Accessories for that needy dog
Warning: This column contains explicit language that some might find offensive or at least not funny. If you are put off by a discussion of, say, artificial dog testicles -- not that that is what this column is necessarily about, but if that kind of subject matter makes you uncomfortable -- you should flip to another part of the newspaper.
No, really, this is your final warning. If any discussion of something along the lines of artificial dog testicles -- not that we're specifically going to be talking about that -- bothers you, please stop reading here. Right here. Go no further. Be off! Aloha. Bye, bye.
OK. Now for the rest of you, this column actually is about artificial dog testicles. But I promise to keep the discussion dignified with absolutely no puns, alliteration or malapropisms. Or at least not many.
It seems that a gentleman named Gregg Miller has become exceedingly rich after inventing and patenting prosthetic testicles for neutered dogs. This is a good example of why none of us will ever get rich. We could search high and low for a new product that would make us filthy rich and never think to look where Greg Miller looked.
We all know that dogs get neutered every day; it just never occurred to us that maybe dogs would feel a little better about themselves if they had some, er, replacement thingies to make up for the ones that were taken from them to keep them from procreating.
Miller has sold more than 150,000 Neuticles, as they are called, mostly from his Web site at Neuticles.com. (The solid silicone objects sell for a minimum of $60 a pop, so you do the math.)
Miller recently was awarded an Ig Nobel Prize, a Harvard University recognition celebrating the humorous, creative and odd sides of science.
Miller told the Associated Press, "Considering my parents thought I was an idiot when I was a kid, this is a great honor. I wish they were alive to see it."
Miller claims the reason the artificial testicles are so popular is because it returns dignity to dogs.
"Why wouldn't the pet know a familiar body part is missing?" he asks. "Would he know if his foot was cut off? Of course he would."
But my dog Boomer seems to have coped pretty well with the loss of his, you know, da kines, and I think at this point the sudden addition of an artificial pair would be perplexing for him.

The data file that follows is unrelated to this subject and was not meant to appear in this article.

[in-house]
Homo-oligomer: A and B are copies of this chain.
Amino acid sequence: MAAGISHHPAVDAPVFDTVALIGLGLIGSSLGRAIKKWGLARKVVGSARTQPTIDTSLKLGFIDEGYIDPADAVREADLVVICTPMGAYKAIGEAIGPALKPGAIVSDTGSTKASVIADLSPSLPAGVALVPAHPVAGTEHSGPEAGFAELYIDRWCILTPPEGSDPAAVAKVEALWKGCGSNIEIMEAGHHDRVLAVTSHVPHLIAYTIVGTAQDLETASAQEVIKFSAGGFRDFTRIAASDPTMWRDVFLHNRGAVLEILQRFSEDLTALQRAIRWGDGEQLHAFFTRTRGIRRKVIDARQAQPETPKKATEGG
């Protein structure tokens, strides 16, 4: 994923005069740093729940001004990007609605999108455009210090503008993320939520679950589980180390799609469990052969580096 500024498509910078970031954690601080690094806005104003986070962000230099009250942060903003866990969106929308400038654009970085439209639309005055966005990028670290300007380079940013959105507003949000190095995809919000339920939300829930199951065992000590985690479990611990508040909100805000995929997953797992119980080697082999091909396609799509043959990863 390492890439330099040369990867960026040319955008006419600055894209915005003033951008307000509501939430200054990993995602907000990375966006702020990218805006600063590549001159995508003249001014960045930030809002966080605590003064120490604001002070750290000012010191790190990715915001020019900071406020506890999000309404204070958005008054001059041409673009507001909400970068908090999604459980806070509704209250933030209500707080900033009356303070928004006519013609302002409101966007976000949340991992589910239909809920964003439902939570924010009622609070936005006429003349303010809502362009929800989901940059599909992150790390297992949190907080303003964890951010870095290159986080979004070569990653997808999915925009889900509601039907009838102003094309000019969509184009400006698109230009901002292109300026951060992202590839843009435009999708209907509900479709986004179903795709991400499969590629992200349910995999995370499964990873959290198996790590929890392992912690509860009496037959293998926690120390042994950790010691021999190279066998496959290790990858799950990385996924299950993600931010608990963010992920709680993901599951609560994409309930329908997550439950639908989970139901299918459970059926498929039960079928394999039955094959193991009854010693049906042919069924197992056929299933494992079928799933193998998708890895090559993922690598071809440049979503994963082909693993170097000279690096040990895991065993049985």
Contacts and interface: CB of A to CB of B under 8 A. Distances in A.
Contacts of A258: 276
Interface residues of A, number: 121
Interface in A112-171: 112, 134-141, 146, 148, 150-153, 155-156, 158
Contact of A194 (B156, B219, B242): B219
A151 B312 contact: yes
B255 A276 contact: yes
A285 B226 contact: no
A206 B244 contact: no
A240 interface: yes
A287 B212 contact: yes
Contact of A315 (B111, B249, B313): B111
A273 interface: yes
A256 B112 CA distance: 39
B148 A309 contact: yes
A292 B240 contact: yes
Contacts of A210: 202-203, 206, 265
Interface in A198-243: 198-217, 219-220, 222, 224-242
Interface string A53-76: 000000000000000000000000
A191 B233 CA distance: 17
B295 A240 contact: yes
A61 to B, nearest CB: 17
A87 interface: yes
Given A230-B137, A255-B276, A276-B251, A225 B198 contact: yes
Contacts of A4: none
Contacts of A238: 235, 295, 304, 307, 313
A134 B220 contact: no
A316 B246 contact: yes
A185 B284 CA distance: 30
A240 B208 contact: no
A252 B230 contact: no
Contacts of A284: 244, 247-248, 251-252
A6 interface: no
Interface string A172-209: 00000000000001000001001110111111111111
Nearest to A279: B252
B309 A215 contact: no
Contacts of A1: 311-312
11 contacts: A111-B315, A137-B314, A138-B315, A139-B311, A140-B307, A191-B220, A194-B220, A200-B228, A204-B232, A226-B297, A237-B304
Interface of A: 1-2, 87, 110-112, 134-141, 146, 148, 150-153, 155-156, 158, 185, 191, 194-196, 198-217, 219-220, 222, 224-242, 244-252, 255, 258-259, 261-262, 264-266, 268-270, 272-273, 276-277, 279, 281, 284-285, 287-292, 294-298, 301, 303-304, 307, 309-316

I suspect most dog owners have the (Alliteration Alert!) pretend parts installed to assuage their guilt at having the originals deleted. I don't know why they would feel guilty. It's important to have your pet neutered to avert overpopulation and a personal visit to your house by Bob Barker.
The Neuticles Web site has a section called "Twenty Most Asked Questions about Neuticles." Twenty questions? You'd think that after you get past "Why?" and "What?" (the "Where?" is self-explanatory), there aren't many questions left.
But one potential purchaser asked if testicle implants were unethical, as his vet apparently had told him.
Miller counters that the "removal of a God-given body part leaving the pet looking unwhole" is unethical. Amen, brother.
I have nothing against the concept of artificial testicles for pets (the line has been expanded to include Neuticles for cats and other animals). What makes me uneasy is all the merchandise Miller is selling on the side. He offers every thing from Neuticles key chains (with the actual silicone items attached) to beach towels ($39), baseball caps and even a barbecue apron. He's wringing a lot of money out of these (Alliteration Alert!) animal amulets. You have to have a pretty big pair of, uh, accountants to justify making money off of products like that.
Charles Memminger, the National Society of Newspaper Columnists' 2004 First Place Award winner for humor writing, appears Sundays, Tuesdays, Thursdays and Fridays. E-mail firstname.lastname@example.org